Corydoras julii was described by the Austrian ichthyologist Franz Steindachner in 1906. The original description does not mention who the fish was named after.
Distribution & Availability
Found in the Rio Parnaiba in Brazil, C. julii is available very rarely with almost all fish advertised being C. trilineatus. It is seen occasionally in the better shops as a wild caught import and is sometimes sold at specialist and club auctions. Considering how rare these fish are they are not that expensive being around twice the price of the common bronze and pepper corydoras.
Males – a small, round-nosed catfish with typical corydoras profile of arched back and flat underside. Males will reach about 4.5cm only. Base colour is cream and the body is covered in fine black spots. There is a variable horizontal stripe from around the middle of the body reaching rearwards to the caudal peduncle. There is a black blotch on the dorsal fin and vertical bars on the tail. C. julii never show the heavy reticulations that characterise C. trilineatus nor do they show the pointed snout of C. leopardus.
Females – slightly larger than the male and more thick-set around the body. Otherwise the same.
Easy to keep in most water conditions, just avoid extremes of pH and temperature.
- Tank size: 90cm minimum
- Decoration: hiding places constructed from slate, bogwood and plants. Provide a thin covering of river sand in preference to gravel.
- Temperature: 22 – 26oC
- pH: 6 – 8 (Less than 7 for breeding)
- Hardness: not too hard, 2 – 15odH (At the low end of this range for breeding)
Typical corydoras food of sinking pellets and frozen food will be fine. Offer a treat of live food once or twice a week. If kept in a community tank it is a good idea to feed your catfish after the lights go out.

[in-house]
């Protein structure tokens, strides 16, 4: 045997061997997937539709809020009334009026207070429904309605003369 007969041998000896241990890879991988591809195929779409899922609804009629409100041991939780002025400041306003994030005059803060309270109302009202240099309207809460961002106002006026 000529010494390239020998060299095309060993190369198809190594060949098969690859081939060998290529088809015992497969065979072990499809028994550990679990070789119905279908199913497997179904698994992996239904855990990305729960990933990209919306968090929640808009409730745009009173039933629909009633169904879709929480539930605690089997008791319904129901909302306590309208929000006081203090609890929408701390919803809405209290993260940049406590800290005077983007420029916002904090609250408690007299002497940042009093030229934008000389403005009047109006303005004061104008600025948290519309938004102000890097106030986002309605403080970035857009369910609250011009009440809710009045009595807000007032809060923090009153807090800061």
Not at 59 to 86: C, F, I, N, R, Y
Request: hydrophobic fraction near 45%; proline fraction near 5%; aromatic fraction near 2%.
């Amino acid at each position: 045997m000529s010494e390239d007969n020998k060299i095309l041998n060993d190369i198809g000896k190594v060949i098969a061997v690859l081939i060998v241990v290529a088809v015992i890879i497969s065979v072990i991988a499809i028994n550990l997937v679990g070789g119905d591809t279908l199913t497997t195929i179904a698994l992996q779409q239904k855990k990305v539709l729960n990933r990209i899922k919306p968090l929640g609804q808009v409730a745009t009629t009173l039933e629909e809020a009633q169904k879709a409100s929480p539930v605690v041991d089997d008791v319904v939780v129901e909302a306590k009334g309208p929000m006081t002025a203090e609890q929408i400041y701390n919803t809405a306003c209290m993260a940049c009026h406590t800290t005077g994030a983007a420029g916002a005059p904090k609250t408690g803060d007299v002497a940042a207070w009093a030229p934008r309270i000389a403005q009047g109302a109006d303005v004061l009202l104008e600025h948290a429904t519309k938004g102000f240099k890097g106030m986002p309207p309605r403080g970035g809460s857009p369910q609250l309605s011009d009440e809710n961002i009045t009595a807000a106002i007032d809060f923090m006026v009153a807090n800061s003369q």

Straightforward to breed in the usual manner for the genus.
Condition a group of 2 females and 2 or 3 males on live and frozen foods such as frozen bloodworms, frozen blackworms, live daphnia and white worms. Decorate the tank with pieces of bogwood and provide clumps of fine-leaved plants such as Indian fern, and Java moss. Keep the water quality first-rate and provide some gentle water movement in the form of an air-powered sponge filter. Keep the pH to no more than 7.0 or preferably a little less. The hardness should be 1 or 2 degrees only.
The day after a 50% water change with cool water the adults spawned vigorously amongst the fine-leaved plants and up to 100 eggs were laid. I opted to leave the eggs in the breeding tank and removed the parents even though the adult fish ignored the developing eggs. The eggs hatched in about 4 days at a temperature of 26oC. The fry weren’t fed for the first week as the tank was mature and there was enough food in the plants and large sponge filter. First food was microworm and crushed pre-soaked flake. Newly hatched brine shrimp was fed when they were a couple of weeks old.
Water changes carried out twice weekly with aged water ensured the fry grew fast and showed the adult pattern with 2 months.
USA Show standards
- Size: 5cm
- Breeding category: B
- Show class: KA
C. julii is a beautiful, peaceful, easy to keep and breed catfish that is perfect for a community tank. It’s just a pity it is hardly ever seen in the shops.
- Fishbase species summary
- Fuller, I. A. M. and H. G. Evers. 2005. Identifying Corydoradinae catfish. Aspidoras–Brochis–Corydoras–Scleromystax and C-numbers.
- Catfish study reveals multiplicity of species (sciencedaily.com)